Daniel in Babylon

These small group studies take us through almost twenty of the key events in the Old Testament. Our Old Testament Survey contain outlines, cross-references, Bible study discussion questions, and applications.  Visit our library of inductive Bible studies for more in depth inductive studies on this and other books of the Bible you can use in your small group.

Old Testament Survey Lesson 17 – Daniel in Babylon

Outline-

  1. Nebuchadnezzar conquers Jehoiakim (1:1-7)

    1. Nebuchadnezzar takes the holy vessels (1-2)

    2. Nebuchadnezzar takes the elite young men (3-7)

      1. Daniel and his three friends were also taken (6-7)

  2. Daniel resolves himself not to defile himself (8-16)

    1. David makes his request to the commander (8)

    2. God grants him compassion (9)

    3. The commander refuses (10)

    4. Daniel makes his request to the overseer (11-13)

    5. The test succeeded (14-16)

  3. Daniel enters the Nebuchadnezzar’s personal service (17-21)

    1. Their success was from God (17)

    2. The king esteemed them (18-20)

    3. Daniel continued on for decades (21)

Questions-

When did these things take place?

What do you know about Nebuchadnezzar?

Why did he attack Judah?

Why did God let such an evil king conquer Judah?

Why did Nebuchadnezzar take the temple vessels?

Why did he take the elite young men of Judah?

Why were they given new names?

Couldn’t Daniel just eat the food so that he could have an influence and not incur anger for himself or others? Is this a small thing?

What do you notice about how Daniel handles this situation?

How can such a young man have such wisdom?

How would you have handled this situation?

What can we learn from this about how to approach people in leadership?

What attitude/attitudes should we have when we approach government leaders or others over us?

The test ended successfully; who gets the credit for it?

What principles can we learn from this?

Is it possible to live in an evil world without defiling ourselves?

Is it possible to work in an evil government without compromising?

Can we work within the system and influence it or should we revolt against the system?

What can we learn from 17-20?

Cross-references

Matthew 10:16 – Be shrewd as serpents, innocent as doves.

1 Cor 3:19-20- For the wisdom of this world is foolishness before God. For it is written, “He is THE ONE WHO CATCHES THE WISE IN THEIR CRAFTINESS”; and again, “THE LORD KNOWS THE REASONINGS of the wise, THAT THEY ARE USELESS.”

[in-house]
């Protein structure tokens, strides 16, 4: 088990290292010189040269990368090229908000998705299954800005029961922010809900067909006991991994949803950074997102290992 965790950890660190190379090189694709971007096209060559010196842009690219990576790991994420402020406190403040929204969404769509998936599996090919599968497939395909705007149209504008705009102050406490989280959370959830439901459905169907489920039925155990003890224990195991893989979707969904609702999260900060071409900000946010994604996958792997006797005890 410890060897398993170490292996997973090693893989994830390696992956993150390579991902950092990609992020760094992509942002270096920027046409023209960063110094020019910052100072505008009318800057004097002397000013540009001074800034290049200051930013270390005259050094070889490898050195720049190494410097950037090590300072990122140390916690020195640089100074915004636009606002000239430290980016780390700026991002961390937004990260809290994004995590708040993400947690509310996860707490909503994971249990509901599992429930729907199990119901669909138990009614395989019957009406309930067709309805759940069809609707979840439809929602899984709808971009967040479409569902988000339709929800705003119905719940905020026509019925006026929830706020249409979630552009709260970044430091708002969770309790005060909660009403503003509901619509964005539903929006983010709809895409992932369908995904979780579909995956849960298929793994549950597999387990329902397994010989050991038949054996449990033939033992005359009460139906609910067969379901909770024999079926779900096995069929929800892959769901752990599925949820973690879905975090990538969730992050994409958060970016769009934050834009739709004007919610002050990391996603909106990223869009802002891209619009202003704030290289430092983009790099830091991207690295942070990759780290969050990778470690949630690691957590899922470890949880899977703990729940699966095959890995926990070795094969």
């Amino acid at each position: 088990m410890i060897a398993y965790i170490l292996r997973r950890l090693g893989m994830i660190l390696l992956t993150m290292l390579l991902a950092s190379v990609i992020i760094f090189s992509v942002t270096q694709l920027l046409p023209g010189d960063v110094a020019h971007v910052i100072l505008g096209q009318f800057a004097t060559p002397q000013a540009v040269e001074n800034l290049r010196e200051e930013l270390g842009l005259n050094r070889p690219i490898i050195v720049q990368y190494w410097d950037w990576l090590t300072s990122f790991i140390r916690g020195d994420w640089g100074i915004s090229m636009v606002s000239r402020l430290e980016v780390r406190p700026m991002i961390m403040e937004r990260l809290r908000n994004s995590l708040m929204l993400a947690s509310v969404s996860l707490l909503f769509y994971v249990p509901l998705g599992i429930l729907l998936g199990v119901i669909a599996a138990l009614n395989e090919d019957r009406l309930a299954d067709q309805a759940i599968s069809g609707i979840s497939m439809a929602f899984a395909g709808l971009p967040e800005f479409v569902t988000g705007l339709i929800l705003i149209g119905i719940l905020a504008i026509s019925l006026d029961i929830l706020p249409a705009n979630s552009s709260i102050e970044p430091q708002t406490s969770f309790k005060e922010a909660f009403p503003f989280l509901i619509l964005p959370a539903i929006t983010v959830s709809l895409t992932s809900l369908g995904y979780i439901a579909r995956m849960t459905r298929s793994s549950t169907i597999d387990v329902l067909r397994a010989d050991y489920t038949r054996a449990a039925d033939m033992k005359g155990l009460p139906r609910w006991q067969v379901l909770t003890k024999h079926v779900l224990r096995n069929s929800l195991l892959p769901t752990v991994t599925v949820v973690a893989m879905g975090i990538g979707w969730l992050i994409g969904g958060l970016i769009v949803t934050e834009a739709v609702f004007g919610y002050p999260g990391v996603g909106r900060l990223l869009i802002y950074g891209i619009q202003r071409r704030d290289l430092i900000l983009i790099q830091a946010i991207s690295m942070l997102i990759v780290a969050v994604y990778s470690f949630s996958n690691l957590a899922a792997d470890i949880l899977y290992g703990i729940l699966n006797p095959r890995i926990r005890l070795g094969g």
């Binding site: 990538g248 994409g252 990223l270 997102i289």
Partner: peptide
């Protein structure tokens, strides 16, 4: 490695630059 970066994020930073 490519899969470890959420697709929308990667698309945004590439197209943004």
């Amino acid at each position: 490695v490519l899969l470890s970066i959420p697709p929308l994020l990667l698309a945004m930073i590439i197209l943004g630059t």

James 1:5-6 – But if any of you lacks wisdom , let him ask of God, who gives to all generously and without reproach, and it will be given to him.

James 3:15-16 – This wisdom is not that which comes down from above, but is earthly, natural, demonic.

Prov 1:13-16 -We will find all kinds of precious wealth, We will fill our houses with spoil; Throw in your lot with us, We shall all have one purse,” My son,do not walk in the way with them. Keep your feet from their path, For their feet run to evil And they hasten to shed blood.

2 Cor 6:16-17 Or what agreement has the temple of God with idols? For we are the temple of the living God; just as God said, ” I WILL DWELL IN THEM AND WALK AMONG THEM; AND I WILL BE THEIR GOD, AND THEY SHALL BE MY PEOPLE. “Therefore,COME OUT FROM THEIR MIDST AND BE SEPARATE ,” says the Lord. “AND DO NOT TOUCH WHAT IS UNCLEAN; And I will welcome you.

I. Nebuchadnezzar conquers Jehoiakim (1-7)

During this time period there were two world powers. One was Egypt. It was the old world power and had retained a strong empire for centuries. The other was Babylon. It was the up and coming empire. These met in one of the biggest battles of that time period at Carchemish. That was in 605 BC. Nebuchadnezzar and the Babylonian army defeated Egypt. Unfortunately for Jehoiakim, he had made an alliance with the wrong world power. Therefore Nebuchadnezzar (NZ) wanted to teach him a lesson. So NZ made a detour on the way back from Carchemish and defeated Jerusalem. As powerful as he was, it was the Lord who let Jerusalem fall into his hands. God had told Israel that they would be exiled for their sins and God used Nebuchadnezzar to accomplish that. God uses even evil people and empires to bring about His plans and execute His judgment.